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Grant money secured for water testing

March 15, 2011

Elk County Commissioner June H. Sorg, left, reviews paperwork alongside fellow commissioner Daniel R. Freeburg. Photo by Joseph Bell.

Kim Bonfardine of the county's Conservation District reported Tuesday morning that county officials have acquired over $200,000 worth of grant money for water testing.
"The project's purpose is to set up and get data on the industries that are moving into the area," Bonfardine said. "We won't just be monitoring for Marcellus Shale but also other things as well. We're very lucky to get a lot of partners for their support.
"I met with a lady from the Colcom Foundation and she told us we had the thickest application because of all the letters of support, a total of 25 of them and partnership letters. That says a lot about our project."
The purpose of this project is the protection of the local water system and Bonfardine's first priority is the drinking water system.
"As everyone knows, there's been drilling going on in the Big Mill Creek watershed, which is Ridgway's water supply and down in Brockway, there is drilling near their water supply as well," Bonfardine said. "I think it's very important that we get systems in there to monitor and also have an alarm system just in case there is a pollution event."
Officials applied for two grants, one through the Stackpole-Hall Foundation and one through the Colcom Foundation, and both were approved.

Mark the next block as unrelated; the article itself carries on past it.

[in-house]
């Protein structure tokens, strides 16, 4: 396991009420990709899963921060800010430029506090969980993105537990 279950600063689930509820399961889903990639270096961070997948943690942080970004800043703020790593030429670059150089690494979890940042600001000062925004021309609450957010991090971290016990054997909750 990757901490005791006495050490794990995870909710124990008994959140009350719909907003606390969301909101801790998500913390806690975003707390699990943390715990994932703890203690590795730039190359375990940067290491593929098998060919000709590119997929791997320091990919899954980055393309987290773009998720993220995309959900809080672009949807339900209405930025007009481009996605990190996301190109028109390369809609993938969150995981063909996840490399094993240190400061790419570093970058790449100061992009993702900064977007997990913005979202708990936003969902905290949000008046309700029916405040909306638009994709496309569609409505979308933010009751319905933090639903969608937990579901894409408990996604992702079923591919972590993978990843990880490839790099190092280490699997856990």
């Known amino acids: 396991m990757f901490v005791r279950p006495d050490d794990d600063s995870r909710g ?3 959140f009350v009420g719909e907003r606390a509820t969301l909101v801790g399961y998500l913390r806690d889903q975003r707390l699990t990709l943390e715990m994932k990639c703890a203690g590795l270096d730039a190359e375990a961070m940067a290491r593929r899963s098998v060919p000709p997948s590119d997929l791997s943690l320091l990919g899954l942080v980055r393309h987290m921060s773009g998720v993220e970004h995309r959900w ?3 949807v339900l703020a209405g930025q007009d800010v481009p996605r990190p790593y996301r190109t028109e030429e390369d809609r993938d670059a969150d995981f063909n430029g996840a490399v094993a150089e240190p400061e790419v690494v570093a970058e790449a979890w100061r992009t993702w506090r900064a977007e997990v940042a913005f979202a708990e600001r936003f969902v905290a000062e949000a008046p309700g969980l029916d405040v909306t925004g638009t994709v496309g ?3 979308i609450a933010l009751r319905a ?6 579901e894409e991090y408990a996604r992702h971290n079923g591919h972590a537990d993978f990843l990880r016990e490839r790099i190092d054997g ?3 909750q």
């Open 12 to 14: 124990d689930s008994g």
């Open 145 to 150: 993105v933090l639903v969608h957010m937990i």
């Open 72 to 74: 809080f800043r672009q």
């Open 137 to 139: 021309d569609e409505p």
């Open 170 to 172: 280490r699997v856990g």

"The Stackpole-Hall grant was a matching grant, which enables us to show the people of Pittsburgh that we have matching support and that really means a lot when you're filing for a grant," Bonfardine said. "We received $65,000 from the Stackpole-Hall Foundation and $146,000 from the Colcom Foundation out of Pittsburgh.
"The reason that they liked our project, we found out through conversations that they liked the range of it, as we're covering the entire county-- it's a large project covering a large area."
The total project cost is reportedly $329,330.
"This is including service hours, student interns coming along to help with the monitoring system, and we also have a big volunteer base as well to go out into the field on their own time to help us collect data," Bonfardine said. "We're not only collecting in areas where there is drilling going on, but also in areas where there is nothing going on so we can have a baseline of control data so we can have professional standards for collecting water safety data.
"We worked with the sourcewater protection plan as well for the water authorities and this will serve both of us. It makes a circle around a water supply basically with a radius of coverage if there's a water pollution incident, for example 5 miles, 10 miles, whichever-- that will give water authority officials time to respond to a pollution event if it would happen, any type of pollution event at all. We're not just targeting Marcellus Shale, we're protecting our water system against any type of pollution event."

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